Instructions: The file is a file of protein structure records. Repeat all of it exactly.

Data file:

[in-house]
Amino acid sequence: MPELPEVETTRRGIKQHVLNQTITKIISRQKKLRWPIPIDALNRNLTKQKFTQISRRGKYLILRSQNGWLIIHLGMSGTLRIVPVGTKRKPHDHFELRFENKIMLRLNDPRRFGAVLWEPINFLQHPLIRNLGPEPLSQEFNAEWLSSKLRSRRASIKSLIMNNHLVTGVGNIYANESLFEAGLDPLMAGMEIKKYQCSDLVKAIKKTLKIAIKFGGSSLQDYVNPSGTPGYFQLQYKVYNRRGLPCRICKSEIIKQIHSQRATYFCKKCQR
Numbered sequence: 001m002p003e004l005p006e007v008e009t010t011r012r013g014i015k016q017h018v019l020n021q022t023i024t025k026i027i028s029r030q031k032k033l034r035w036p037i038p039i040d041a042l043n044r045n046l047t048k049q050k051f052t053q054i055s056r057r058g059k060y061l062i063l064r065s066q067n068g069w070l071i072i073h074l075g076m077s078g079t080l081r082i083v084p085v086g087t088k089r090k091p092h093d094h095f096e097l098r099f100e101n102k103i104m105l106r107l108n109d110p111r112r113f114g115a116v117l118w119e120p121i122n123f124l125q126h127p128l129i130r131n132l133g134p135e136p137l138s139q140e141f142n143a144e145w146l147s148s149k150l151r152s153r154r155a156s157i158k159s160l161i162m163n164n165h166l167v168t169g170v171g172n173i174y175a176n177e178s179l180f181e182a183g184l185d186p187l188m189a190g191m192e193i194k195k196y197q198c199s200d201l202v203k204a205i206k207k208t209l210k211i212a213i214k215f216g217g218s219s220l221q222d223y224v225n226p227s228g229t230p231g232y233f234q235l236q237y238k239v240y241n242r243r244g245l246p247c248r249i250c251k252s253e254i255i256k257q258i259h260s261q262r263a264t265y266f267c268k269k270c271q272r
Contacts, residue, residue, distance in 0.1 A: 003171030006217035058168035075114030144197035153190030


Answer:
[in-house]
Amino acid sequence: MPELPEVETTRRGIKQHVLNQTITKIISRQKKLRWPIPIDALNRNLTKQKFTQISRRGKYLILRSQNGWLIIHLGMSGTLRIVPVGTKRKPHDHFELRFENKIMLRLNDPRRFGAVLWEPINFLQHPLIRNLGPEPLSQEFNAEWLSSKLRSRRASIKSLIMNNHLVTGVGNIYANESLFEAGLDPLMAGMEIKKYQCSDLVKAIKKTLKIAIKFGGSSLQDYVNPSGTPGYFQLQYKVYNRRGLPCRICKSEIIKQIHSQRATYFCKKCQR
Numbered sequence: 001m002p003e004l005p006e007v008e009t010t011r012r013g014i015k016q017h018v019l020n021q022t023i024t025k026i027i028s029r030q031k032k033l034r035w036p037i038p039i040d041a042l043n044r045n046l047t048k049q050k051f052t053q054i055s056r057r058g059k060y061l062i063l064r065s066q067n068g069w070l071i072i073h074l075g076m077s078g079t080l081r082i083v084p085v086g087t088k089r090k091p092h093d094h095f096e097l098r099f100e101n102k103i104m105l106r107l108n109d110p111r112r113f114g115a116v117l118w119e120p121i122n123f124l125q126h127p128l129i130r131n132l133g134p135e136p137l138s139q140e141f142n143a144e145w146l147s148s149k150l151r152s153r154r155a156s157i158k159s160l161i162m163n164n165h166l167v168t169g170v171g172n173i174y175a176n177e178s179l180f181e182a183g184l185d186p187l188m189a190g191m192e193i194k195k196y197q198c199s200d201l202v203k204a205i206k207k208t209l210k211i212a213i214k215f216g217g218s219s220l221q222d223y224v225n226p227s228g229t230p231g232y233f234q235l236q237y238k239v240y241n242r243r244g245l246p247c248r249i250c251k252s253e254i255i256k257q258i259h260s261q262r263a264t265y266f267c268k269k270c271q272r
Contacts, residue, residue, distance in 0.1 A: 003171030006217035058168035075114030144197035153190030